Newspaper article The Journal (Newcastle, England)

Bernard Trafford Columnist

Newspaper article The Journal (Newcastle, England)

Bernard Trafford Columnist

Article excerpt


OOR old Chris (Lord) Smith!

PThe Environment Agency chairman was bound to become as unpopular as Environment Secretary Owen Paterson when he dared to pronounce on the prolonged problems of flooding around the country.

Responding to criticism of the agency's earlier decision not to dredge rivers in Somerset, he said: "Flood defences cost money; and how much should the taxpayer be prepared to spend on different places, communities and livelihoods - in Somerset, Lincolnshire, Yorkshire or East Anglia? There's no bottomless purse and we need to make difficult but sensible choices about where and what we try to protect."

Fair point, you might say. We can't afford to do everything. And, alas, we can't turn the clock back: if we could, we might have avoided some pitfalls, such as building housing developments on floodplains.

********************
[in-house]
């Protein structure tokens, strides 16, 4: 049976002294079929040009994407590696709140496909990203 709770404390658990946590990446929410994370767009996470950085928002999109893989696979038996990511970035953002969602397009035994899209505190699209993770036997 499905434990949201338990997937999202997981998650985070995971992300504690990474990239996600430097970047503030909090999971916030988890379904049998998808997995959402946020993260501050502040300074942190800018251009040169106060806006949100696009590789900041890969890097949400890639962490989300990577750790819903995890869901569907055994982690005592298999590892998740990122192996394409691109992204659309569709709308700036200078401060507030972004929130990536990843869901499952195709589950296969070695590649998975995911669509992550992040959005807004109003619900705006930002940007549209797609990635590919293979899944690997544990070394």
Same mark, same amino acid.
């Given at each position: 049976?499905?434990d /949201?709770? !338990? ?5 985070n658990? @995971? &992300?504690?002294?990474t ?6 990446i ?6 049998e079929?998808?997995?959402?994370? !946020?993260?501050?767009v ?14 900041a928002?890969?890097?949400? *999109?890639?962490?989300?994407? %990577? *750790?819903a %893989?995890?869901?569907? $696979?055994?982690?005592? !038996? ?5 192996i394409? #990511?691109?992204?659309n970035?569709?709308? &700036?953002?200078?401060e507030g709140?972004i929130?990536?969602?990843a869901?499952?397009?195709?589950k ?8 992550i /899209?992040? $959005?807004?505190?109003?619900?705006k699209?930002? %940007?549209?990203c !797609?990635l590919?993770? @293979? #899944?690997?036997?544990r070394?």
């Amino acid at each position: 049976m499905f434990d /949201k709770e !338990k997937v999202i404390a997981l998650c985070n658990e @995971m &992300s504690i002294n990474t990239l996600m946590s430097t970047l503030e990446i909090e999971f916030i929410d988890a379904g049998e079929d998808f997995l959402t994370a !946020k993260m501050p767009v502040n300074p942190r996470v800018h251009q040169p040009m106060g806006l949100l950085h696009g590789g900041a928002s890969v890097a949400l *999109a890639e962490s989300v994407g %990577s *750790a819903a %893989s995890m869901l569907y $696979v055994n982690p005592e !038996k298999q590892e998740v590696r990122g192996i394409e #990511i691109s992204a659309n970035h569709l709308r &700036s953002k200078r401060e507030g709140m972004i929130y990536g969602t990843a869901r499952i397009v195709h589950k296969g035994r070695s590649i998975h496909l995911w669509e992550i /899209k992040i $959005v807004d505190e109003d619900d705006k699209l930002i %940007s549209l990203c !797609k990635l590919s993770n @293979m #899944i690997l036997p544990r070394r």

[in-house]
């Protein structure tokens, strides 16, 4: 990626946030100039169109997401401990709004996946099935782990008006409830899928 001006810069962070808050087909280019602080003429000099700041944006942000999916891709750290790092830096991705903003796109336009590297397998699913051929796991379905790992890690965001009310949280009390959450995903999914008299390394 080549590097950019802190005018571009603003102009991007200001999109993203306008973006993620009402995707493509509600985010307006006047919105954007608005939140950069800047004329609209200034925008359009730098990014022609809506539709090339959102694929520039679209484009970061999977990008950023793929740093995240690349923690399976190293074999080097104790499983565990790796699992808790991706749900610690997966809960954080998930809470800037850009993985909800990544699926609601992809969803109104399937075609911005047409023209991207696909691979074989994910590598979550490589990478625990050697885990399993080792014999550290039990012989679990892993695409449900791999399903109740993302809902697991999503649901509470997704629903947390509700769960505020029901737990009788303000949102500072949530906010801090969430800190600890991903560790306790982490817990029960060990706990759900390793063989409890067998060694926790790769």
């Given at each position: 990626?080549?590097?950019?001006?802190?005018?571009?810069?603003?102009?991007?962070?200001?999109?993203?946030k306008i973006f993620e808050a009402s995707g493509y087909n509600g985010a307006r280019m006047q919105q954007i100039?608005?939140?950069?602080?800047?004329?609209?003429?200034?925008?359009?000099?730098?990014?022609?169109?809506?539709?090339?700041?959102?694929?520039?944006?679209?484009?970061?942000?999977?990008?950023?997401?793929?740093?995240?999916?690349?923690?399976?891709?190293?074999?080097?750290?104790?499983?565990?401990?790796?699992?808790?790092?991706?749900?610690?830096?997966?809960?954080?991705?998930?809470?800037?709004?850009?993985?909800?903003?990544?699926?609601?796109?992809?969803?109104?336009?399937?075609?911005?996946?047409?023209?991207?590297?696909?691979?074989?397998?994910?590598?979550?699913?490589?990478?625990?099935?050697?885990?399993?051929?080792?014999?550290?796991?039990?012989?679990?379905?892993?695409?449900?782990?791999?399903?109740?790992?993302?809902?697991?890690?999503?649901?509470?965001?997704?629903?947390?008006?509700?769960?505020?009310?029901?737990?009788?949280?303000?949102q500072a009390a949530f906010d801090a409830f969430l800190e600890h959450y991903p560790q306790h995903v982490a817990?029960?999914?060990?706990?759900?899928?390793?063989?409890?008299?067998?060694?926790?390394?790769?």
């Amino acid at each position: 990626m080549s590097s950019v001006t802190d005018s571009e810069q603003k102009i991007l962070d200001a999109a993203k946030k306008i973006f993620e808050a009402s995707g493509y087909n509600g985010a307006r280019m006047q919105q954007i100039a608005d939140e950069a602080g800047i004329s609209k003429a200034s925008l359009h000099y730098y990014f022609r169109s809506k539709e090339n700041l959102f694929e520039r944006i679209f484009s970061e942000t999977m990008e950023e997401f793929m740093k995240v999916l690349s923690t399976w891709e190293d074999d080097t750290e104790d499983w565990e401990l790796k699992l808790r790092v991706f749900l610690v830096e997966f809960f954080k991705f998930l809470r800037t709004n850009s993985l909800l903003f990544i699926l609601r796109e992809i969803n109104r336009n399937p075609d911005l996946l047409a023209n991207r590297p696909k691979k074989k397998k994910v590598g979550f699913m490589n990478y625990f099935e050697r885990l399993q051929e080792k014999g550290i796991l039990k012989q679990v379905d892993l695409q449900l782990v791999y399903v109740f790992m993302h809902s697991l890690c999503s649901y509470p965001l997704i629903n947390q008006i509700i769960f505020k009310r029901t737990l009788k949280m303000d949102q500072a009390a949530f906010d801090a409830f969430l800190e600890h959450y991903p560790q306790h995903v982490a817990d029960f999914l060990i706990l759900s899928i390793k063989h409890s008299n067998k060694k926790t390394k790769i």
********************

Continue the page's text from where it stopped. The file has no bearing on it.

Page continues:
Hold on! It's easy to be awfully reasonable, say choices are diffi-cult and insist we can't pay for everything.

But there's a heavy tax burden for anyone in reasonably or wellpaid work in the UK: and we all pay council tax as well. Many would feel they pay a hell of a lot, and might justifiably expect more from their taxes.

I don't know the ins and outs of drainage. Nonetheless, it does seem pretty clear that, had the Environment Agency kept all those banked rivers and drainage channels around the Somerset levels properly dredged and clear of silt, the flooding would have been less severe.

Centuries ago, people knew what they were doing when they built houses near rivers. Look at the aerial pictures of Muchelney in Somerset: it's a mediaeval village with a fine old abbey, built on a hill above the floodplains. So (as far as I know) it hasn't actually been flooded: its problem is being cut off from the rest of the world for more than a month because every connecting road is impassable, except by boat.

Meanwhile, farmers there can only sit and watch in impotent fury as their crops rot beneath the waters. I can appreciate why they're cross.

Governments have to make hard decisions: they always say, as Chris Smith reiterated, that money's limited. …

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